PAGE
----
Non-Vegetarian Hosts First Taste of Its Farmed Meat in Singapore, Aims for 2024 Launch – Vegetarian

Meatable took its farmed meat tasting to Singapore, inviting a select group of retail partners and the Singapore Economic Development Board to sample the farmed pork sausages.

The event was the Dutch company’s first-ever testing and was held after approval from the Singapore Food Agency to ensure safety standards were met. For Meatable, this is an important step towards receiving regulatory approval to sell the product commercially.

Feedback was very positive, with guests commenting that “the taste and texture were great” and that “farmed meat is probably the future of meat”.

“The meat sausage I ate today was very tasty. I wouldn’t have known if you hadn’t told me it was farmed meat,” said Karen Tay, managing director of distributor Classic Fine Foods Singapore.

Meetable now plans to launch in the Singapore market in 2024, which has been brought forward from its previous target of 2025. A US launch will follow.

© Inedible

“Significant Milestones”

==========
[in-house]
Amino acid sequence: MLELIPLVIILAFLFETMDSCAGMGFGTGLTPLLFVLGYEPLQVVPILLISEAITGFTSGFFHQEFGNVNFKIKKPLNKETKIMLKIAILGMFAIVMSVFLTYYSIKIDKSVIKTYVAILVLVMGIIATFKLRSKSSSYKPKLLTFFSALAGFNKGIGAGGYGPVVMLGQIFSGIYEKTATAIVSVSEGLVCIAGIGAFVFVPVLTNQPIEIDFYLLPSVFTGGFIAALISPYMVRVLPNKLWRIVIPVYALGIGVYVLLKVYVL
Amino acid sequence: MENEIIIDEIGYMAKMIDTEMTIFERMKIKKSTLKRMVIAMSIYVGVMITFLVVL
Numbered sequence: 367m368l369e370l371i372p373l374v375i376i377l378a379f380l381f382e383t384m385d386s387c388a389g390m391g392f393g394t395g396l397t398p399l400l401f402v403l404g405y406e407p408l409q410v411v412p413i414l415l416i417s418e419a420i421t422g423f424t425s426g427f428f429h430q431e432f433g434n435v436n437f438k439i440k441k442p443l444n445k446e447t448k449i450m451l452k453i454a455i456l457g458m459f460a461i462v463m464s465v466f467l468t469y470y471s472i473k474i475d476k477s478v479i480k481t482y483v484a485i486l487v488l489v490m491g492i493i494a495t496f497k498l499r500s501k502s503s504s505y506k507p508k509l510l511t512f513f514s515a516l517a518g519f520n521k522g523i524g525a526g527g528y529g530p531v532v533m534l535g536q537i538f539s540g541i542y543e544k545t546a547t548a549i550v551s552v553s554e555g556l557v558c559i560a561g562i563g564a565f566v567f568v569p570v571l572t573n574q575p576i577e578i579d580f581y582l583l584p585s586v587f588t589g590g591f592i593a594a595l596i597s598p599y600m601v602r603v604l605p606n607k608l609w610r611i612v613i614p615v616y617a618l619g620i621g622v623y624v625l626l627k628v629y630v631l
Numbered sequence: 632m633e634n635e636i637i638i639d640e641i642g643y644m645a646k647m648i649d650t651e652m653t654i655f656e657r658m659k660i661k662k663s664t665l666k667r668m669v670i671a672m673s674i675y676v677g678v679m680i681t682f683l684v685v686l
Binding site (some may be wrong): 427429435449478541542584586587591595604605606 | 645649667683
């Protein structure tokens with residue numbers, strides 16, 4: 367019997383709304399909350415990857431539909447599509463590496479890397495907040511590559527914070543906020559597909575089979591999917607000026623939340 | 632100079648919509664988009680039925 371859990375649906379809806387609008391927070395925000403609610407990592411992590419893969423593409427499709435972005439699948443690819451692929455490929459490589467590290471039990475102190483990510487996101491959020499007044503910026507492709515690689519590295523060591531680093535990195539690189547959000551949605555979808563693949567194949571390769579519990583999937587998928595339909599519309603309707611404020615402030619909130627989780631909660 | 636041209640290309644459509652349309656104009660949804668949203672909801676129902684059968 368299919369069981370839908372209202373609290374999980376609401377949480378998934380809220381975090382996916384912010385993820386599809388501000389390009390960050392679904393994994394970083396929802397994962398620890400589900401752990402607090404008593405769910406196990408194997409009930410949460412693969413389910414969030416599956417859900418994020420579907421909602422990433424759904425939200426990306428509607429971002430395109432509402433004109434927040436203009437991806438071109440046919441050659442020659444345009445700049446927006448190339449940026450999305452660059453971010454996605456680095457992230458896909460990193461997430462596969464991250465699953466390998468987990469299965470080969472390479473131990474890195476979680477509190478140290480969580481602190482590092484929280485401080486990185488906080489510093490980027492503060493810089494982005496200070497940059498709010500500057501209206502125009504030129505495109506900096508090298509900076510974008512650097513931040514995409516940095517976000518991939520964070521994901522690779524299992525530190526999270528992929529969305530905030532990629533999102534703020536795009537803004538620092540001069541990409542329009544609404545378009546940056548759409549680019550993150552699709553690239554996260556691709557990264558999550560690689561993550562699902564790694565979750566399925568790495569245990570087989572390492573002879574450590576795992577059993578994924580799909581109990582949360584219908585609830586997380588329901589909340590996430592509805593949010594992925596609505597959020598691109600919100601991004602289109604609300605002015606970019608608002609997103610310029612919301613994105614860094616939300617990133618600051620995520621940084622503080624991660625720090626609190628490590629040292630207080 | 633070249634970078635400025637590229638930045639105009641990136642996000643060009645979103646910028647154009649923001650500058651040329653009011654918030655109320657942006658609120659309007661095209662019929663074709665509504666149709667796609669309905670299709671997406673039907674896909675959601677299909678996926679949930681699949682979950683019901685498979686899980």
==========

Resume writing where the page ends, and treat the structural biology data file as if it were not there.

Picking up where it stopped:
Last October, Meatable revealed it had partnered with Esco Aster – the world’s only commercially licensed farmed meat manufacturer – to develop products for launch in Singapore. The company is part of a Dutch consortium that received €1 million last year for a research project that could develop new cultured meat scaffolds.

In February 2022, Meatable hired a new COO, VP of Development and Chairman of the Board — described as “industry titans” — as it began working toward a commercial launch.

“We are delighted to have received the exemption from the SFA for our first testing delivery in Singapore,” said Crizon de Nood, co-founder and CEO of Meatable. “This marks a significant milestone for Meatable. Firstly, it gives our partners the opportunity to taste and experience our delicious products and secondly for us as a company, it is an important step towards regulatory approval for sale in Singapore. No harm to people, animals or the planet. It’s part of our mission to satisfy the world’s hunger for beef.”

Source link